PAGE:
Joseph Stalin oversaw the Soviet Union’s entry into the Cold War, but the vast majority of the conflict took place after his death. Stalin’s hardline foreign policy in the years immediately after World War II ensured the Cold War began in the late 1940s, but after his death in 1953, other Soviet leaders directed the country until Mikhail Gorbachev agreed the end of the Cold War in 1991.

Origins of the Cold War

The Cold War grew out of the aftermath of World War II. During the conflict, the Soviet Union had allied itself with the United Kingdom and the United States against Nazi Germany and the Axis Powers, but Stalin always aimed to secure postwar Soviet dominance of Europe. Disputes over the Soviet influence in regions lying outside Russia’s boundaries lay at the heart of the Cold War.

The Cold War Begins

Stalin played a crucial role in the beginnings of the Cold War. Historian Vladislav M. Zubok argues in his book “A Failed Empire” that Stalin’s interference in countries outside the areas the Allies had agreed at the 1945 Yalta Conference meant East and West were always likely to clash. In 1946, Stalin reacted strongly to British Prime Minister Winston Churchill’s assertion that an “iron curtain” had fallen over Europe, dividing a communist East from a capitalist West. He saw Churchill’s speech as “a declaration of war” and created Comintern, a group of Soviet-allied countries spanning eastern Europe.

Stalin in the Cold War

Stalin pursued an aggressive policy during his time as a Cold War leader. He set up and supported communist Comintern governments across Eastern Europe and blockaded East Berlin in 1948. In 1950, Stalin supported communist North Korea’s invasion of its neighbor, United States ally South Korea, an action that led to the Korean War. Stalin also ordered the development of a nuclear program similar to that already under way in the United States, resulting in the detonation of the first Soviet nuclear device in 1949.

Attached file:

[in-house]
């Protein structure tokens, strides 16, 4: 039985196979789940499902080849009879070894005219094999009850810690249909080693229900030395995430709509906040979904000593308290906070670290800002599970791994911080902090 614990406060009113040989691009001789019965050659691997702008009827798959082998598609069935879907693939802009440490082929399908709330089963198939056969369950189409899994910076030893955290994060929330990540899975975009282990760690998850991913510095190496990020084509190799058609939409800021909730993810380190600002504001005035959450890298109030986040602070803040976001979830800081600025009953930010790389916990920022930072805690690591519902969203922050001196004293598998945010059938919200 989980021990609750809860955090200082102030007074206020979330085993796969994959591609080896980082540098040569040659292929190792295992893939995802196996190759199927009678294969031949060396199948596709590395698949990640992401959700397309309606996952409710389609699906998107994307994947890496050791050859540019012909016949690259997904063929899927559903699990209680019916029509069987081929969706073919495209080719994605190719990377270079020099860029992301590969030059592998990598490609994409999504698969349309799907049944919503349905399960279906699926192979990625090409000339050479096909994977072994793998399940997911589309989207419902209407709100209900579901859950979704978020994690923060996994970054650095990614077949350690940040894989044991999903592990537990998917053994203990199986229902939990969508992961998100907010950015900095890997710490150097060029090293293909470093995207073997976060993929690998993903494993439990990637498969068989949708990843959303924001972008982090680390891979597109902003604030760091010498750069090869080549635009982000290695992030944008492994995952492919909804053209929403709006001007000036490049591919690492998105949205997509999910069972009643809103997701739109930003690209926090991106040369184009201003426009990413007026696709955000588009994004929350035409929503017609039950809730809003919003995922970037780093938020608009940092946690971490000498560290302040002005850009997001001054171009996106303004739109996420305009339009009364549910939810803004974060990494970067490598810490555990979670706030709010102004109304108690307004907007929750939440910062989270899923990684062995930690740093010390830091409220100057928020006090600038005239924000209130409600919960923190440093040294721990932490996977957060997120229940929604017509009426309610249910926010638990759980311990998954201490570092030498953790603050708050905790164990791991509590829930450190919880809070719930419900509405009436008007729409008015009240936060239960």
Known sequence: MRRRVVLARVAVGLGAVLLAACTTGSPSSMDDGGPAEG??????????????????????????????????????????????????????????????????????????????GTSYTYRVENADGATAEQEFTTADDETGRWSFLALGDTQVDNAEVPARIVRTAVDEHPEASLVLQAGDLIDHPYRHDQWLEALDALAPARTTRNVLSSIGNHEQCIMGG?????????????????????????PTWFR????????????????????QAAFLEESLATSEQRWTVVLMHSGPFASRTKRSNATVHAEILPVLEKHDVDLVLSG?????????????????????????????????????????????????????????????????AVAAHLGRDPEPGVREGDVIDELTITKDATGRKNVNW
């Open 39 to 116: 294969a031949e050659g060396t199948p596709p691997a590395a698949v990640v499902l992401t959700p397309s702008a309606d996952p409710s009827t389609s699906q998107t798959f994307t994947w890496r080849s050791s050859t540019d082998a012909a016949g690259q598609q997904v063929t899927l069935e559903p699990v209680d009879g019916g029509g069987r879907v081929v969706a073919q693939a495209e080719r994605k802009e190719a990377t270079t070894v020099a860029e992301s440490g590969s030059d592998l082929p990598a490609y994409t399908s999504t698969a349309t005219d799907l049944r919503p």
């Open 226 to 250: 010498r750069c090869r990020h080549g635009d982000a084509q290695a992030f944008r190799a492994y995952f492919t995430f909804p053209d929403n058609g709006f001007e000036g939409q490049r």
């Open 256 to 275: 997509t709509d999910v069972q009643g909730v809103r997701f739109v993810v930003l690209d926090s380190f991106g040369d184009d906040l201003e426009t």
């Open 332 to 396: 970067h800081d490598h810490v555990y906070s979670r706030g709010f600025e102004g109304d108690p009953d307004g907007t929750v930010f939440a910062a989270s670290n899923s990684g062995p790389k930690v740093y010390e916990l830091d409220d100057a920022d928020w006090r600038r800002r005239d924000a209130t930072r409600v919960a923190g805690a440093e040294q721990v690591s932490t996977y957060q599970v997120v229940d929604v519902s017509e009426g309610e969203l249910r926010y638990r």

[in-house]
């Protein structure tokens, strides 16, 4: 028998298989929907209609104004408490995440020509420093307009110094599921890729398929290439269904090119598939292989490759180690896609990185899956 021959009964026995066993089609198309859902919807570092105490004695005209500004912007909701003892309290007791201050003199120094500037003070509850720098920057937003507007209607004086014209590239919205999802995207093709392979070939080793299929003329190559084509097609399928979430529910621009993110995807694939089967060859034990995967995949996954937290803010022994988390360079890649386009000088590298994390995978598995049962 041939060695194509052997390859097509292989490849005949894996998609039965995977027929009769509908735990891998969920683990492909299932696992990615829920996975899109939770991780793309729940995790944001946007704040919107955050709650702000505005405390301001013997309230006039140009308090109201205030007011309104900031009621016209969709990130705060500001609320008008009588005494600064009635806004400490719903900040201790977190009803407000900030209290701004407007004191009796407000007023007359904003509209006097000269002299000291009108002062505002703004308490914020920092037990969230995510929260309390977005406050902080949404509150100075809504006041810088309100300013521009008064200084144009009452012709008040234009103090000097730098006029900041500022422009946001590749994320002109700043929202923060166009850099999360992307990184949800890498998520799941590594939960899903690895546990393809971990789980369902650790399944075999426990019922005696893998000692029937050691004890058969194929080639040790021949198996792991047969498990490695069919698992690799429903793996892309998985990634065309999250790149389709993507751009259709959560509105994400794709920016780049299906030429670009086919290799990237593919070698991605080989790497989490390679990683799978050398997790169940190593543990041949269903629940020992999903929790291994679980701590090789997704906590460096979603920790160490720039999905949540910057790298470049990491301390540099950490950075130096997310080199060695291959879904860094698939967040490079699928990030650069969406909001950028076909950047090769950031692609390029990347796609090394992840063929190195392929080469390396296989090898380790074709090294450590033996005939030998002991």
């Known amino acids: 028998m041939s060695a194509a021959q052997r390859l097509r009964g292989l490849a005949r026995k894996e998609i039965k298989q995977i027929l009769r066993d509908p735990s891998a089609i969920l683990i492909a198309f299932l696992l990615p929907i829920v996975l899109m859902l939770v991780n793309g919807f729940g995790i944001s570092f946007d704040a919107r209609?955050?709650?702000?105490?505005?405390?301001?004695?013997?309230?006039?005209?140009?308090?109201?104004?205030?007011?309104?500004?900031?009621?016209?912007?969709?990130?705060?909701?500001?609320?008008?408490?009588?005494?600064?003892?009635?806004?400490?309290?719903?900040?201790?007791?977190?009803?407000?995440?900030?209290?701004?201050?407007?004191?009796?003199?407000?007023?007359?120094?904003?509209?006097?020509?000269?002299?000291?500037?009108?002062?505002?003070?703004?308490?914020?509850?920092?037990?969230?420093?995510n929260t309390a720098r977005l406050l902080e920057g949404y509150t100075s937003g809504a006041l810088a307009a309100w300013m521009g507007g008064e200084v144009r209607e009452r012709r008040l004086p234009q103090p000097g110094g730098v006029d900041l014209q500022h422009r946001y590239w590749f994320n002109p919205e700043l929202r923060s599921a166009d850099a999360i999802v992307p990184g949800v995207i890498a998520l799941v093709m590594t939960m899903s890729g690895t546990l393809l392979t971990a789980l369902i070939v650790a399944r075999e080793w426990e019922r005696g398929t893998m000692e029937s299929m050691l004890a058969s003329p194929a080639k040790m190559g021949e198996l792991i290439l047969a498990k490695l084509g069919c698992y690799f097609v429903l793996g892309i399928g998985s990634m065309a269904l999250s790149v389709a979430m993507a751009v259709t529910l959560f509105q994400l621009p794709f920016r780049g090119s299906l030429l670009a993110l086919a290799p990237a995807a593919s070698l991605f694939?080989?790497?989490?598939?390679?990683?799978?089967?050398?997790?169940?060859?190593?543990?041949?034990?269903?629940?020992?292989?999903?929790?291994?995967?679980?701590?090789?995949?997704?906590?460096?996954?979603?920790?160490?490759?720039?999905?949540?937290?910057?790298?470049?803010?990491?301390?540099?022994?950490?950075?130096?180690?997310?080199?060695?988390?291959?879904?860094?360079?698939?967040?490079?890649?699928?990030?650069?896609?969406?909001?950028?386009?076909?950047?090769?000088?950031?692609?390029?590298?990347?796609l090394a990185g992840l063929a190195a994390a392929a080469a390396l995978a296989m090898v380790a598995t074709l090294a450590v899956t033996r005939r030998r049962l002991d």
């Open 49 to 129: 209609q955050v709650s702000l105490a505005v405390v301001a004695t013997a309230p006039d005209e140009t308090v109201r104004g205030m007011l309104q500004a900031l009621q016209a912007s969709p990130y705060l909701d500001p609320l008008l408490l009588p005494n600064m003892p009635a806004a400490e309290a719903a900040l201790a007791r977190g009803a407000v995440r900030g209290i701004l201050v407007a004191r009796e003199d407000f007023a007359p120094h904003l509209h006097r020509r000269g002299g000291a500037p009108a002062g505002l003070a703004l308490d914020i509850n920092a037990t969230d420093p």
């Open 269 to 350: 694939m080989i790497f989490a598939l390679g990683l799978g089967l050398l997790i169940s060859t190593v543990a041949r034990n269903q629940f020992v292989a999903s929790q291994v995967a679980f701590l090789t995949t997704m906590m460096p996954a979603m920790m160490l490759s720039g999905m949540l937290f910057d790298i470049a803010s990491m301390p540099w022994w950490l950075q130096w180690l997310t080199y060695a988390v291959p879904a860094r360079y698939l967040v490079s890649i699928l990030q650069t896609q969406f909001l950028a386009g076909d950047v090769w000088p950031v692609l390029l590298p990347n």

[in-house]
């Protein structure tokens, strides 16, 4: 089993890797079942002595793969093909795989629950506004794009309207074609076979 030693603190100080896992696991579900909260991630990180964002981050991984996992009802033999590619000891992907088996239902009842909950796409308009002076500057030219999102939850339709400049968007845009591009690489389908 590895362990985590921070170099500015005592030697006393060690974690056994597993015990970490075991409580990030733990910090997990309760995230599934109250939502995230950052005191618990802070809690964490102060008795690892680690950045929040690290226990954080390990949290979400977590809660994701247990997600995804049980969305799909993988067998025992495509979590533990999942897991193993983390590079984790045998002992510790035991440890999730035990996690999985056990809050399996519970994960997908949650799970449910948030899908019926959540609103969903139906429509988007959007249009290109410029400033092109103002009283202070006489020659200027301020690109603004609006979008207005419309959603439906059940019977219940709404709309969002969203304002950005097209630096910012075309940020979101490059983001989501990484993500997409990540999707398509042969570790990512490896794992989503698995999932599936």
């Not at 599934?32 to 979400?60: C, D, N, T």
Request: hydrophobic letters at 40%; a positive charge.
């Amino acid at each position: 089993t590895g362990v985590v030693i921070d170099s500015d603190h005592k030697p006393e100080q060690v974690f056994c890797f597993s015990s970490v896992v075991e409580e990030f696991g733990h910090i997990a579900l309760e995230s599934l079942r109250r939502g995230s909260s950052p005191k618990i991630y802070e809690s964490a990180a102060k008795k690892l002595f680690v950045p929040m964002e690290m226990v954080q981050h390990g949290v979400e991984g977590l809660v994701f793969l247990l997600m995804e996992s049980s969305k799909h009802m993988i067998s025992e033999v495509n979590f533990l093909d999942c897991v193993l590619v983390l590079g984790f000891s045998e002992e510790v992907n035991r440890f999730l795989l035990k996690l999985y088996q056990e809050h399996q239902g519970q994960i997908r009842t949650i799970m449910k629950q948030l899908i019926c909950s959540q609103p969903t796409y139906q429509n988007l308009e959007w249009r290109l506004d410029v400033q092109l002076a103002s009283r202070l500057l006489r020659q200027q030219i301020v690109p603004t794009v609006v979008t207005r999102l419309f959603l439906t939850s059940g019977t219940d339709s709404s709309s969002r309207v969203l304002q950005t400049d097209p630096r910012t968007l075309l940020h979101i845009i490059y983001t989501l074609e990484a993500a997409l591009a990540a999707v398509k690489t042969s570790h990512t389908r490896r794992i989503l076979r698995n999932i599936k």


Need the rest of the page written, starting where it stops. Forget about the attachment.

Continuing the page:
The Cold War After Stalin

Stalin died of a stroke in 1953, but this did not mean the end of the Cold War, although it did alter the form it took. His successor, Nikita Krushchev, pursued a less repressive de-Stalinization policy which contributed to attempted revolutions in both Poland and Hungary. Krushchev also maintained a much less aggressive foreign policy; his doctrine of peaceful coexistence diverted the Cold War into spats over missiles and races between scientists to develop high-tech armaments and the space race. However, the Cold War continued until the dissolution of the USSR in 1991, almost 40 years after Stalin’s death.